This application is a continuation of co-pending International Application No. PCT/DE2004/002701, filed Dec. 8, 2004, which designated the United States and was not published in English, and which is based on German Application No. 103 57 673.8 filed Dec. 9, 2003, both of which applications are incorporated herein by reference.
The invention relates to a mounting and adhesive layer for semiconductor components between a silicon carrier and an electronic functional element for forming an electrically conducting connection between the silicon carrier and the functional element.
In addition to conventional soldering using a lead-containing solder, electrically conductive adhesive bonding is increasingly being used to produce electrical connections between silicon components and carrier elements in the field of microelectronics. The main reason for this is the ban of the use of lead for soldering purposes decreed by the European Union. For this reason, it is necessary to use lead-free solders to produce electrical connections. However, the drawback of lead-free solders lies in the considerably higher melting temperature (170-185° C.).
For applications that require a low-heat joining process at temperatures up to at most approx. 85° C., electrically conductive adhesive bonding is the preferred connection technology.
In one specific example, an LED (light emitting diode) is to be mounted on a silicon carrier (submount). This requires the LED to be mounted on the surface of the silicon carrier and, at the same time, to be electrically contact-connected. To achieve this, the rear side contact of the LED has to be connected to the submount surface via a conducting connection. The second contact required is then contact-connected to the submount surface from the top side of the LED via a bonding wire. This connection can be produced with the aid of standard wire bonding techniques. For this purpose, aluminum contact surfaces are usually provided on the submount in order to allow contact-connection of the bonding wire, which may consist of aluminum.
However, on account of the inevitable formation of an oxide layer on the metal surface, the metallization (Al) used here is not suitable for electrically conductive adhesive bonding. The oxide layer (insulator), which is present on the metal surface, is formed in the case of components that are not hermetically packaged unless measures are taken to avoid this. This oxide layer forms because the epoxy resin adhesive that is customarily used is relatively pervious to moisture.
In order nevertheless to be able to realize an electrically conductive connection, an adhesive and conductive connection is required on what is known as the chip land surface.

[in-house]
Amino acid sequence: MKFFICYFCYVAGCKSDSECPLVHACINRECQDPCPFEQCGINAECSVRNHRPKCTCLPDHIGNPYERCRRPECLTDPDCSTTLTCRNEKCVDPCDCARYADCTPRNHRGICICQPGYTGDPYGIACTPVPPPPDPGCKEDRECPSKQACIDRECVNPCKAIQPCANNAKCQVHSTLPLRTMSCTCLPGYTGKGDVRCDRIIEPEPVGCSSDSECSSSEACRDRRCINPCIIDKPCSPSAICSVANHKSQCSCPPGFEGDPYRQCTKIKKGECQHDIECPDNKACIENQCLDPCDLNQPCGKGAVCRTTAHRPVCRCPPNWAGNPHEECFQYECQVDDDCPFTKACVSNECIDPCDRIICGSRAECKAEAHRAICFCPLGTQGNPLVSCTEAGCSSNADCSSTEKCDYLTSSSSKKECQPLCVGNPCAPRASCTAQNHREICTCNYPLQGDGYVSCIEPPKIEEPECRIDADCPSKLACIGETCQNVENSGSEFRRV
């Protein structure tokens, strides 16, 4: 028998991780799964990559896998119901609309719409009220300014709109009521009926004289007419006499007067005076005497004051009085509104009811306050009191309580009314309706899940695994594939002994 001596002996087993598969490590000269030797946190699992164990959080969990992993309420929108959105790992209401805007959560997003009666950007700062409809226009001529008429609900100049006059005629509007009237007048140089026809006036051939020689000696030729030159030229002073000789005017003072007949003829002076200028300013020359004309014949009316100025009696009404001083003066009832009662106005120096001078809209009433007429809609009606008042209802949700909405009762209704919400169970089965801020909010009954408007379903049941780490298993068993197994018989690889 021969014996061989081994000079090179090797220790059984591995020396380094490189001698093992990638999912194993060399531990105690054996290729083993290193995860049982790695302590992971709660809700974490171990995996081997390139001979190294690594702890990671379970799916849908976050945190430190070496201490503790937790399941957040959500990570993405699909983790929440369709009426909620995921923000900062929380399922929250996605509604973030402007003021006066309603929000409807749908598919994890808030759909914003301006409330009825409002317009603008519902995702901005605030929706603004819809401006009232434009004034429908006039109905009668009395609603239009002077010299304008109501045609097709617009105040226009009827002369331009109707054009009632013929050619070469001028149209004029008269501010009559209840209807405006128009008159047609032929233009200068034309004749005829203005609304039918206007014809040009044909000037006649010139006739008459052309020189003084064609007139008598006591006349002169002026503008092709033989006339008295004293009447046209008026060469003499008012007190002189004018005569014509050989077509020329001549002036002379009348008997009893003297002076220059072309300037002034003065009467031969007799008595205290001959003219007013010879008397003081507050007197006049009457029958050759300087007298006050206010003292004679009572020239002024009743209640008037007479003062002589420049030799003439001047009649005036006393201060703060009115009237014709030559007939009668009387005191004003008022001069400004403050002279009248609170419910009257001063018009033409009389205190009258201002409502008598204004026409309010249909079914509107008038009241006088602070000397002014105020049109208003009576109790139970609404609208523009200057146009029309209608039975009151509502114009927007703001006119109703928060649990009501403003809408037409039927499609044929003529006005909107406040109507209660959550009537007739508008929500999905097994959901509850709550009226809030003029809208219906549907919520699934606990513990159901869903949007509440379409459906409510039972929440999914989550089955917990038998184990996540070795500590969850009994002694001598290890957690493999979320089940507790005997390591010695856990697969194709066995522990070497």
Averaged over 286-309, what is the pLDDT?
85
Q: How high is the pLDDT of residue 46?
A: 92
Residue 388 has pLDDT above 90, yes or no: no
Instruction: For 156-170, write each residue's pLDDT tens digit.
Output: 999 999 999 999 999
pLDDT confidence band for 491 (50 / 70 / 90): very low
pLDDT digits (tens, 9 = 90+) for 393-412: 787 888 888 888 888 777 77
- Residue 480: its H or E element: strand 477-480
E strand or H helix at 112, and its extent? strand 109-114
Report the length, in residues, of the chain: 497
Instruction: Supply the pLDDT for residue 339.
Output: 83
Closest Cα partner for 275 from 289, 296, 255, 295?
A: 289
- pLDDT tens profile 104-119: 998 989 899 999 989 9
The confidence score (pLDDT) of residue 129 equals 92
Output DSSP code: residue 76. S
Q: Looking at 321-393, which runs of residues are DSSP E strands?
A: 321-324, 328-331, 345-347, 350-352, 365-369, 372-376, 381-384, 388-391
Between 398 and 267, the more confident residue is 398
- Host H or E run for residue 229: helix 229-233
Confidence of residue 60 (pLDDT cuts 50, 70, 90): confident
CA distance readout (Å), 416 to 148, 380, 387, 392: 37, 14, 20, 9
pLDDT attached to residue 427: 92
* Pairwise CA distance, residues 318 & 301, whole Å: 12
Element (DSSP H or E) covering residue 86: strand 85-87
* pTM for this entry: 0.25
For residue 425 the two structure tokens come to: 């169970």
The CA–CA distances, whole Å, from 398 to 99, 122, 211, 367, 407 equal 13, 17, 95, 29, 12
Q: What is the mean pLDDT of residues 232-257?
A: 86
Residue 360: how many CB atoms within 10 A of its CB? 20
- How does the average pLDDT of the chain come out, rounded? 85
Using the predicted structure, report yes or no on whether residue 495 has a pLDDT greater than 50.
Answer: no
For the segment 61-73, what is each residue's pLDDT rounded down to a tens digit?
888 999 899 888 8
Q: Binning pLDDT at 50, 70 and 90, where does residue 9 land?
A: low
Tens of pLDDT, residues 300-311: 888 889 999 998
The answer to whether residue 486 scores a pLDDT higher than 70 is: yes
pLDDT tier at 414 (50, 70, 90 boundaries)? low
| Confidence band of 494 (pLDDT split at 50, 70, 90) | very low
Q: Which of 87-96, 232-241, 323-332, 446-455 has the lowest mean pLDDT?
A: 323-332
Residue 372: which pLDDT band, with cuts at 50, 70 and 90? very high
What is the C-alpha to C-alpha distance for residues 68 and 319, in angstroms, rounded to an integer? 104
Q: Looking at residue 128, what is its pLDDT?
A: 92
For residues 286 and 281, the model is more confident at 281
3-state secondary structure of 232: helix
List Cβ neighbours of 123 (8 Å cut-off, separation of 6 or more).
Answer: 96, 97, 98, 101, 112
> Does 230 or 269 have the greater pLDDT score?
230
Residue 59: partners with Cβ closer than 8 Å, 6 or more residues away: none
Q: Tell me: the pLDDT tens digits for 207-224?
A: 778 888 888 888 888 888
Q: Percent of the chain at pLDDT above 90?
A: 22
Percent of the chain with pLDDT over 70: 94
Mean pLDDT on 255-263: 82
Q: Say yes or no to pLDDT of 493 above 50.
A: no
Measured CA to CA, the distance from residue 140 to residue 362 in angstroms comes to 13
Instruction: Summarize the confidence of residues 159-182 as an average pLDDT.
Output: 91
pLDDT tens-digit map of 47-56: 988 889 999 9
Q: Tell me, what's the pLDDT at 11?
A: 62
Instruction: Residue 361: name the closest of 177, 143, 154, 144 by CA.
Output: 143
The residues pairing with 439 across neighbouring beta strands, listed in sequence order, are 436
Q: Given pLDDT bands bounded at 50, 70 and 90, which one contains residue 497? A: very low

Precious metals, such as silver, platinum, palladium, etc., have proven to be materials that can be used for this purpose, since they scarcely form an oxide layer or, in the case of silver, form a conducting oxide layer. However, on account of the electrochemical series, in conjunction with catalysts (e.g., moisture), aluminum pitting (corrosion) can occur.
Another possible option is to use ITO (indium tin oxide). A layer of this material is frequently used in semiconductor fabrication and in LCDs (liquid crystal displays) since it is both transparent and conductive. Therefore, this layer can be used as a light-transmitting electrode for LEDs (light emitting diodes) and also for LCDs. It can also be used as an opaque screening means, for example, above the photodiode of an optocoupler in order to increase the common-mode rejection or in very general terms to improve the sensitivity to interfering electromagnetic radiation.
If an ITO layer of this type is to be bonded to a standard aluminum metallization, the problem arises that the oxygen of the ITO layer oxidizes the uppermost Al layer, with the result that the inherently conductive connection is interrupted. To avoid this, a precious metal is recommended as an interface, in which context platinum can be used together with Ti or Cr as an adhesion promoter.
There are usually two ways of realizing a bondable and adhesive metallization. The first known way is a base metallization for bonding (e.g., Al) and a further precious metal metallization or a metal that is less prone to oxidation (e.g., TiPt), which is applied only in the region of the adhesive surface. The second way consists in a precious metal metallization, which is both adhesive and bondable (e.g., TiPtAu).